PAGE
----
Social Distancing Mistakes That Put You At Risk For Coronavirus
"Social distancing" is the buzzword of the moment. Experts say it's the key to slowing the spread of coronavirus and preventing medical resources from being overwhelmed. You may know the basics—stay six feet apart from others and wear a cloth face covering in public—but some easy-to-make mistakes can render your best efforts ineffective. Here's what the experts say are common social distancing mistakes that increase your risk of contracting coronavirus.
You're Arranging Playdates
"Some parents let their children go out and play with others because 'only elderly are at risk'. In reality, children have the same risk of getting infected," says physician Dimitar Marinov, MD, Ph.D. "However, they are much more often asymptomatic. They can still spread the infection, which puts everyone else at risk, and especially their grandparents if they live together or get in close contact."
You Think You're Invincible
Coronavirus is so dangerous because no one is immune. "Young people think that social distancing is just for the elderly, and they can't have severe symptoms," says Marinov. "In reality, around 40% of the patients that required hospitalization were between 20 and 54 years old, according to the CDC."
You're Going To Parks
"While it may not seem obvious, social distancing includes avoiding areas in which others have recently touched or been," says Jared Heathman, MD, a Texas-based psychiatrist. "People should avoid playgrounds even if no one else is there, because the virus may live on inanimate objects for days."
You Exercise In Close Proximity
Although it's still important to get some exercise, you should do it a safe distance away from others. "People should not walk or exercise behind other people," says Heathman. "The wind may blow the virus backward, and you can become exposed that way, despite being more than 10 feet behind someone else."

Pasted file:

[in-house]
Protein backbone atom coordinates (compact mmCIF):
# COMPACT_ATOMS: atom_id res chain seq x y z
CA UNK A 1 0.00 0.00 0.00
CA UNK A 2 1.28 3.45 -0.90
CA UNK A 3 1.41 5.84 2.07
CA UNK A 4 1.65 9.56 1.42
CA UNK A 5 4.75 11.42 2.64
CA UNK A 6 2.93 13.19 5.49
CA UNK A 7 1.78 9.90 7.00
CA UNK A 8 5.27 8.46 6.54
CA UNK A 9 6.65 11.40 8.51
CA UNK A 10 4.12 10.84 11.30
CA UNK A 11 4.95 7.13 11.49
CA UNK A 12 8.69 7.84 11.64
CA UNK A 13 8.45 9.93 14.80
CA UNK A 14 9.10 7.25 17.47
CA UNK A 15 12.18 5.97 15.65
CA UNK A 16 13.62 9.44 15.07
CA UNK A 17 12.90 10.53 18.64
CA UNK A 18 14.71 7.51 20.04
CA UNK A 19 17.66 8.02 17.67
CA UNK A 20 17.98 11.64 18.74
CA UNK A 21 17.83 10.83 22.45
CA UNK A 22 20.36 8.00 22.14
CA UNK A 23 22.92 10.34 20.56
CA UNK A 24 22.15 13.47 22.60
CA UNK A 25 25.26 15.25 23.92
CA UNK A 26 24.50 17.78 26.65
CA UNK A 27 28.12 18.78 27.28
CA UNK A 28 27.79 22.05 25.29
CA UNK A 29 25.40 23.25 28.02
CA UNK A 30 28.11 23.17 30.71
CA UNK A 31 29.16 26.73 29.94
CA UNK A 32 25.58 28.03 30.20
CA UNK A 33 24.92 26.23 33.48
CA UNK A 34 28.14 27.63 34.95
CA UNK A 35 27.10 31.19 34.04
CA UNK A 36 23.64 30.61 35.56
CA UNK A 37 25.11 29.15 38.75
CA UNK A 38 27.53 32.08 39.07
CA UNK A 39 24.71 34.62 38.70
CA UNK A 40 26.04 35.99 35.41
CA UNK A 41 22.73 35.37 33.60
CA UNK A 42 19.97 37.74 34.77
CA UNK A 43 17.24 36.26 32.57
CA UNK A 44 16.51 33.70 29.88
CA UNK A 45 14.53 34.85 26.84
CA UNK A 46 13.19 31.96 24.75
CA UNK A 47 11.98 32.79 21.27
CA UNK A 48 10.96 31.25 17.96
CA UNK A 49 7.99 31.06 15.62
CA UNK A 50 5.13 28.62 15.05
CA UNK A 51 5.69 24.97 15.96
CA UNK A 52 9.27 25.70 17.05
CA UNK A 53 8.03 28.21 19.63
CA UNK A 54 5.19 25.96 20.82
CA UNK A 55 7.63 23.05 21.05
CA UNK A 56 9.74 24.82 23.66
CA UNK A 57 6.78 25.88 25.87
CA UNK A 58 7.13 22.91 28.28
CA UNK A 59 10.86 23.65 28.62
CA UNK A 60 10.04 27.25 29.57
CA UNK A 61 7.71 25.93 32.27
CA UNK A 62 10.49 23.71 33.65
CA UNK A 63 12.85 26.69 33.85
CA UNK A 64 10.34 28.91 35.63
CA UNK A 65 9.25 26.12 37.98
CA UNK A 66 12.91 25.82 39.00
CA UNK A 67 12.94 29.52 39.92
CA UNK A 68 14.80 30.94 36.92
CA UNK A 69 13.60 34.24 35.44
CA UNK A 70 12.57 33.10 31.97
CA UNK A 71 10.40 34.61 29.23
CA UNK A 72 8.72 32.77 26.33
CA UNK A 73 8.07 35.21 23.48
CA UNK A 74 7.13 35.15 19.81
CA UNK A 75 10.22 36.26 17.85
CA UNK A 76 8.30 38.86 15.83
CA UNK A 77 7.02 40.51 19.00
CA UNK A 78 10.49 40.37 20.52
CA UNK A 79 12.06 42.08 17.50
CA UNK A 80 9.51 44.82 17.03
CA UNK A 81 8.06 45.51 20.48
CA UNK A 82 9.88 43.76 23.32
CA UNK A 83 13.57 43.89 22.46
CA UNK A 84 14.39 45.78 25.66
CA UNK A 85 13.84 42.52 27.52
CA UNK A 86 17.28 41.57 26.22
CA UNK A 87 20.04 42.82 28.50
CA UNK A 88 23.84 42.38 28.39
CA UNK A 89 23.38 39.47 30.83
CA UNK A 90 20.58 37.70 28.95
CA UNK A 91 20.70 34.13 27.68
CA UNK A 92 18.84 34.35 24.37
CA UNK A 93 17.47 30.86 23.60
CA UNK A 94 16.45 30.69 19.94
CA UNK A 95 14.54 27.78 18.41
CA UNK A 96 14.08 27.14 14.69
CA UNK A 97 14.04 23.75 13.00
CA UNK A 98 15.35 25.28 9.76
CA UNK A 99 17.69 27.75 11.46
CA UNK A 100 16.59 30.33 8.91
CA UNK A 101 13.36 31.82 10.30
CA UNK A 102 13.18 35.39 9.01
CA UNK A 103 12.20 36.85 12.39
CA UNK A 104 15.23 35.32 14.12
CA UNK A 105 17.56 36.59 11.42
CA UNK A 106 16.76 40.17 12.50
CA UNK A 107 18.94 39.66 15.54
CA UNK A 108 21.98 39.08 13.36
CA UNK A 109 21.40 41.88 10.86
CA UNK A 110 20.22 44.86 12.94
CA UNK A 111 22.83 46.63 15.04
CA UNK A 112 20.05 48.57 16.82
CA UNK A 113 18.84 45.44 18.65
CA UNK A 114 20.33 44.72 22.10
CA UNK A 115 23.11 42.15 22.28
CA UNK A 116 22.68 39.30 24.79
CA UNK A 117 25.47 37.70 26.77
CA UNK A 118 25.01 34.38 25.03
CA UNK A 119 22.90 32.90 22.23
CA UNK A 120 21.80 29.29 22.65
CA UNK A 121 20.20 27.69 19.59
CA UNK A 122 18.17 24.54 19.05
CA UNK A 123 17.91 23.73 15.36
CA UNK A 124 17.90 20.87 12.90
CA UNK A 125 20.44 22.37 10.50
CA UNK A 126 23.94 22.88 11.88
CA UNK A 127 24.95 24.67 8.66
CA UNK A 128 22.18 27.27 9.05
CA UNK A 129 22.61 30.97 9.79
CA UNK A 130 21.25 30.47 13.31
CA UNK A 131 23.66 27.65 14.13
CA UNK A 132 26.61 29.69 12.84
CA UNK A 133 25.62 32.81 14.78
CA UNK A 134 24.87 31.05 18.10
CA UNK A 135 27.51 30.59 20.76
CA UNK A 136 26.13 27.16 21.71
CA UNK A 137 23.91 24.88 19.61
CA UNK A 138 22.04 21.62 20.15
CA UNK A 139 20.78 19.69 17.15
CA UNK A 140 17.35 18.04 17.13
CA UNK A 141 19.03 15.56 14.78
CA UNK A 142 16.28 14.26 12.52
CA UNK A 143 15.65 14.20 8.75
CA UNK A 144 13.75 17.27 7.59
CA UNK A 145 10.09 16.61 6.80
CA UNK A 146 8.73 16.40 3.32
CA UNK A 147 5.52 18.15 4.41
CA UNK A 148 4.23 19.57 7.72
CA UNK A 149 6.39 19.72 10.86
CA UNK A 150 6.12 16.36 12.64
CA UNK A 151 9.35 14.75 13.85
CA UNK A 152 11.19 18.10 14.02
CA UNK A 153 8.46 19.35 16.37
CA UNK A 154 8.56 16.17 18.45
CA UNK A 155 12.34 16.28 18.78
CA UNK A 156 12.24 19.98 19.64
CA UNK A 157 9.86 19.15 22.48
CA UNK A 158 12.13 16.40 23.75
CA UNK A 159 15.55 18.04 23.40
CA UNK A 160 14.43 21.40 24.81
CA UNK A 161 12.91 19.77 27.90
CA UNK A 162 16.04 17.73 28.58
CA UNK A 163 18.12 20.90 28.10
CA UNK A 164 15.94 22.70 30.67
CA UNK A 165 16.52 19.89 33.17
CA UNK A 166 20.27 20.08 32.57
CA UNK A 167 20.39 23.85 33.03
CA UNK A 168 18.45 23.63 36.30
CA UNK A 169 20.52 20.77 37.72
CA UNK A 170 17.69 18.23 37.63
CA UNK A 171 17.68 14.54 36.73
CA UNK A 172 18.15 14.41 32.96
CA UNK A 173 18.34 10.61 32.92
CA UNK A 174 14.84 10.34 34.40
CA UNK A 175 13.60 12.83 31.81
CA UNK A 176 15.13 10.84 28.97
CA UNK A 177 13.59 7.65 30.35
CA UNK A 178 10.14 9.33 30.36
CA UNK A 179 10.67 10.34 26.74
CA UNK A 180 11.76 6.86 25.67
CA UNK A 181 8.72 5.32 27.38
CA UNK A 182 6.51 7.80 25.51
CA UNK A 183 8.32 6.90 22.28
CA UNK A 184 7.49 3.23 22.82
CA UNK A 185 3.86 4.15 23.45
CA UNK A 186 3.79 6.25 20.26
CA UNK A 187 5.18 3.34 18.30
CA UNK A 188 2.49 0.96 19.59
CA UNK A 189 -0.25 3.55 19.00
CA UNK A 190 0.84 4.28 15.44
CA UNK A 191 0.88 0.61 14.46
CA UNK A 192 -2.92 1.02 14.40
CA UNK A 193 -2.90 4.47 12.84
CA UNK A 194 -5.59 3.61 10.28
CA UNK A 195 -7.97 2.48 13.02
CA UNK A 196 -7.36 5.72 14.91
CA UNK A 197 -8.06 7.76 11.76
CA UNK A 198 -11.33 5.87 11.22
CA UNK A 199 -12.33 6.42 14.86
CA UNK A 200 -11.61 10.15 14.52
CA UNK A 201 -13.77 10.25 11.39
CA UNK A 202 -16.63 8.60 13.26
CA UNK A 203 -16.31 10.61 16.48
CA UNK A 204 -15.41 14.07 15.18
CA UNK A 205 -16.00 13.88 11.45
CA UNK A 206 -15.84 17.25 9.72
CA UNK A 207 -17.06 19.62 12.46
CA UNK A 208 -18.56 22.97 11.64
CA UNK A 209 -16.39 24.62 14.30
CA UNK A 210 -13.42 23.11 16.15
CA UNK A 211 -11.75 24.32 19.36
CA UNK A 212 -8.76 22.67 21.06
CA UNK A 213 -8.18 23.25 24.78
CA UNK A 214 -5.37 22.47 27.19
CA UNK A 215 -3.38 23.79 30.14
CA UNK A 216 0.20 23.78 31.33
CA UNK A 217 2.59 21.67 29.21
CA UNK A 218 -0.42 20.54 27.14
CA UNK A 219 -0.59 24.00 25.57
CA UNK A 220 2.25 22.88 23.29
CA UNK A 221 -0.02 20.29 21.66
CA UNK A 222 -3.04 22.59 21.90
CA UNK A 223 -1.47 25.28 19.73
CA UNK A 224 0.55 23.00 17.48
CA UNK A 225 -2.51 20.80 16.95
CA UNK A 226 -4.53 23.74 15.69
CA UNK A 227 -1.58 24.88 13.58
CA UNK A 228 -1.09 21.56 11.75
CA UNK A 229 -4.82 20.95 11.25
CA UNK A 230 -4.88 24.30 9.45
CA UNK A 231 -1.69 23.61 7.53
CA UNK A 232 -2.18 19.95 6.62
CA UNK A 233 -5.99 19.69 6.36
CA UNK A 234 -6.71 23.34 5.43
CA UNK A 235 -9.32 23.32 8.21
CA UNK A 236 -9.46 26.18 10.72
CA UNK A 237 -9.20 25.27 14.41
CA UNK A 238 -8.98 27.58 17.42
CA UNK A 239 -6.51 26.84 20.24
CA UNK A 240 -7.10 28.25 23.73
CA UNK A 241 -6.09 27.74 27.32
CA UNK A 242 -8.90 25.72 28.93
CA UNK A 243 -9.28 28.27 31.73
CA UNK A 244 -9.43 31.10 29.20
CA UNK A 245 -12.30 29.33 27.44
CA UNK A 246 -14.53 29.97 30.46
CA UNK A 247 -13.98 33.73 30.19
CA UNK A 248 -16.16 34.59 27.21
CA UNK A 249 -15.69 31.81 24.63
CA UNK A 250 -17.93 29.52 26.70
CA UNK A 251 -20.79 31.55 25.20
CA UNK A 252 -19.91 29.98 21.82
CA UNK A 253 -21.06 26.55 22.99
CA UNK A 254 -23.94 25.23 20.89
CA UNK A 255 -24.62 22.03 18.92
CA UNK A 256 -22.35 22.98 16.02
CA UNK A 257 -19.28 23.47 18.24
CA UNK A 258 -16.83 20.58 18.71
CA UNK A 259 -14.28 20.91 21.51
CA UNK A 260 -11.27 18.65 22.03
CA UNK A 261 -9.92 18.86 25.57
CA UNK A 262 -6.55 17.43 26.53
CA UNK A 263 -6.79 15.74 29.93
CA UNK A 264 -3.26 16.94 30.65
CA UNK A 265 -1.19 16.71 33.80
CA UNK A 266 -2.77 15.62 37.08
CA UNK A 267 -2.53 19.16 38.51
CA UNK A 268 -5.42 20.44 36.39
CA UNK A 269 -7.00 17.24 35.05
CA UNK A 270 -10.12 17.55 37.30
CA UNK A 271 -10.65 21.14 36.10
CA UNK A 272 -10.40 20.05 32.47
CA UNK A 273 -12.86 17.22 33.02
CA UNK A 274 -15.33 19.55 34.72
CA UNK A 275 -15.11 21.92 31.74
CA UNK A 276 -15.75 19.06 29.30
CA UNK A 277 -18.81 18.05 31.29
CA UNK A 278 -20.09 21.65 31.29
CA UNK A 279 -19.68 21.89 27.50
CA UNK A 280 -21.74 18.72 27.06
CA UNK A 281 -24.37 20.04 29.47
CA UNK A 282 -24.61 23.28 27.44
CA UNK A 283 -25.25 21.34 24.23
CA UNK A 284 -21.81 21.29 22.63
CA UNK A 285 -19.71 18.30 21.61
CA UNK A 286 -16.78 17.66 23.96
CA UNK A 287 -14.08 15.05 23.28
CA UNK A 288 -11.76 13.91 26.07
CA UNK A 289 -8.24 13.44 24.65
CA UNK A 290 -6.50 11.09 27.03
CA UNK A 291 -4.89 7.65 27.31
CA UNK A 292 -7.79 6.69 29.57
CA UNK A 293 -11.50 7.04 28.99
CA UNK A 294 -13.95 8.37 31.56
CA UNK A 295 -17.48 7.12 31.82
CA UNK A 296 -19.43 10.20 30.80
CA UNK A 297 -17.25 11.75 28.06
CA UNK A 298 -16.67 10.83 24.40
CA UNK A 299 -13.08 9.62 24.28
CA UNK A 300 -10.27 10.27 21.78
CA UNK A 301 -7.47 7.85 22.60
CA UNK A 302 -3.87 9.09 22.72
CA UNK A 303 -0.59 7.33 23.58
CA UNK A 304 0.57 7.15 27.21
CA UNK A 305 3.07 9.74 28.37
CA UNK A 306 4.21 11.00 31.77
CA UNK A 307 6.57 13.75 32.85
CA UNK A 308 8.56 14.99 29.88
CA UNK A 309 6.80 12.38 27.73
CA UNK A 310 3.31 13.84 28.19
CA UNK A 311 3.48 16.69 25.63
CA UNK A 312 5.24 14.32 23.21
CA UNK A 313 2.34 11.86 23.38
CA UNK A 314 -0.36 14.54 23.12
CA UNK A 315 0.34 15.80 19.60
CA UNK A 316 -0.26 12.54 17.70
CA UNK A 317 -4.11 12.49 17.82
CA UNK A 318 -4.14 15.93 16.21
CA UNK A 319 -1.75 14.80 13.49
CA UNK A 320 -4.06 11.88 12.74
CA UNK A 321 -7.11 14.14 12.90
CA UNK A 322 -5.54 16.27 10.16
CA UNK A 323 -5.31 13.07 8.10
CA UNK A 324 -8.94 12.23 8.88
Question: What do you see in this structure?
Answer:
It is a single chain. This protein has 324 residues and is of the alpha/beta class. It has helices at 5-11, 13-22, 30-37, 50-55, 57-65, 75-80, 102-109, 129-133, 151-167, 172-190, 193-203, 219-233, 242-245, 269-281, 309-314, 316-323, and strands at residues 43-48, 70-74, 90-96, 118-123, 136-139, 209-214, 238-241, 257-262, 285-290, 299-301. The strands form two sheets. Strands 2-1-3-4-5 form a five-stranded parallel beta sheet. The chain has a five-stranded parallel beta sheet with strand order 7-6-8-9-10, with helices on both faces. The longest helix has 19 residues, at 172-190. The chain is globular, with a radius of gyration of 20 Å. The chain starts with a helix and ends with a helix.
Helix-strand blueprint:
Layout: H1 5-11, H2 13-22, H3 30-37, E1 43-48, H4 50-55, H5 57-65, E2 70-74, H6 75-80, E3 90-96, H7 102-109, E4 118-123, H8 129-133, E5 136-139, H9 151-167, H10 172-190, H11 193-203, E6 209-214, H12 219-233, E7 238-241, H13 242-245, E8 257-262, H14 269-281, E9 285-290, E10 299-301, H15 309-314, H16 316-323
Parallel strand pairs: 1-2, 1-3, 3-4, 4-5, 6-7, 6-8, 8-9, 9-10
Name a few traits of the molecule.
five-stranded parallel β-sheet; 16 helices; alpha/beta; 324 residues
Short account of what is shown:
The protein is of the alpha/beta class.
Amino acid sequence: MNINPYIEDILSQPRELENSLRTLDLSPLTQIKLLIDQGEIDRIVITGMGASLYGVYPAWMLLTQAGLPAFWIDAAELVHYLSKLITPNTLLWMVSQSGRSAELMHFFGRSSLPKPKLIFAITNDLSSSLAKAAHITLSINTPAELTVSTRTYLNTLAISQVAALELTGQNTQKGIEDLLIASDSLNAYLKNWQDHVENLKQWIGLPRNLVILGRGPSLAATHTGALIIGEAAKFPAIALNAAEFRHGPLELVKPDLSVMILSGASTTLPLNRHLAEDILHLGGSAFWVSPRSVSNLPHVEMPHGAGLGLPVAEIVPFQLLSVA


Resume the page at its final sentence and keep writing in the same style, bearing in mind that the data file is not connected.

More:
You Don't Use A Mask Correctly
The CDC recommends that the general public should cover their faces with a cloth mask when outside. But according to ER doctor Greg Jacobson, MD, "People don't wear a mask and, when they do, they don't take it off correctly. It's a mistake to take off their mask from the front and then touch the 'contaminated' area." To remove a mask safely, "wash your hands (with soap and hot water for 20 seconds), remove the mask from loops, and put it in a safe place and then wash your hands again," says Jacobson.
You're Not Staying Apart
"It all comes down to following the guidelines: six feet apart from another individual," says Anthony Jones, MD, a palliative care physician in New York. An example, he notes, is that you shouldn't "be sitting next to each other while eating lunch at work."
"The reason is that droplets that contain the virus can still land on your clothing, phone or other personal items if you come too close to an infected person," says Omiete Charles-Davies, a physician and founder of 25doctors.com.
You Make Repeat Shopping Trips
The more times you go out in public, the more chances you have to catch the virus. "People don't make a list, so they have to go back to the store too often," says Jacobson. Limit your shopping trips by planning ahead, and stock up as much as possible in one place.
You Don't Cover Your Eyes
"People really should wear eye protection as well, if they are heading into a grocery store," says Jacobson. "Wear some glasses to remind yourself to not rub your eyes."
You're Still Using Gloves Wrong
Remember that protective gloves can be germ magnets, just like your bare hands. "Gloves do not resist the virus," says Dr. Mike DeCubellis, a chiropractor in Downers Grove, Illinois. "And when your gloves have touched store shelves, shipped boxes, and your car, then your face or your food, you just potentially contaminated yourself with your gloves!" If you wear gloves on an errand run, take them off before getting in your car or returning home.
You're Inviting People Over
Even if you don't go outside to public gatherings, inviting people over to your home also invites the people they've been in contact with. "Viruses need to move from person to person to stay alive," says Leann Poston, MD, a physician with Invigor Medical in New York City. "Social distancing makes it difficult for viruses to move, thus the saying if you don't move, then neither can the virus."
And to get through this pandemic at your healthiest, don't miss these 40 Things You Should Never Touch Due to Coronavirus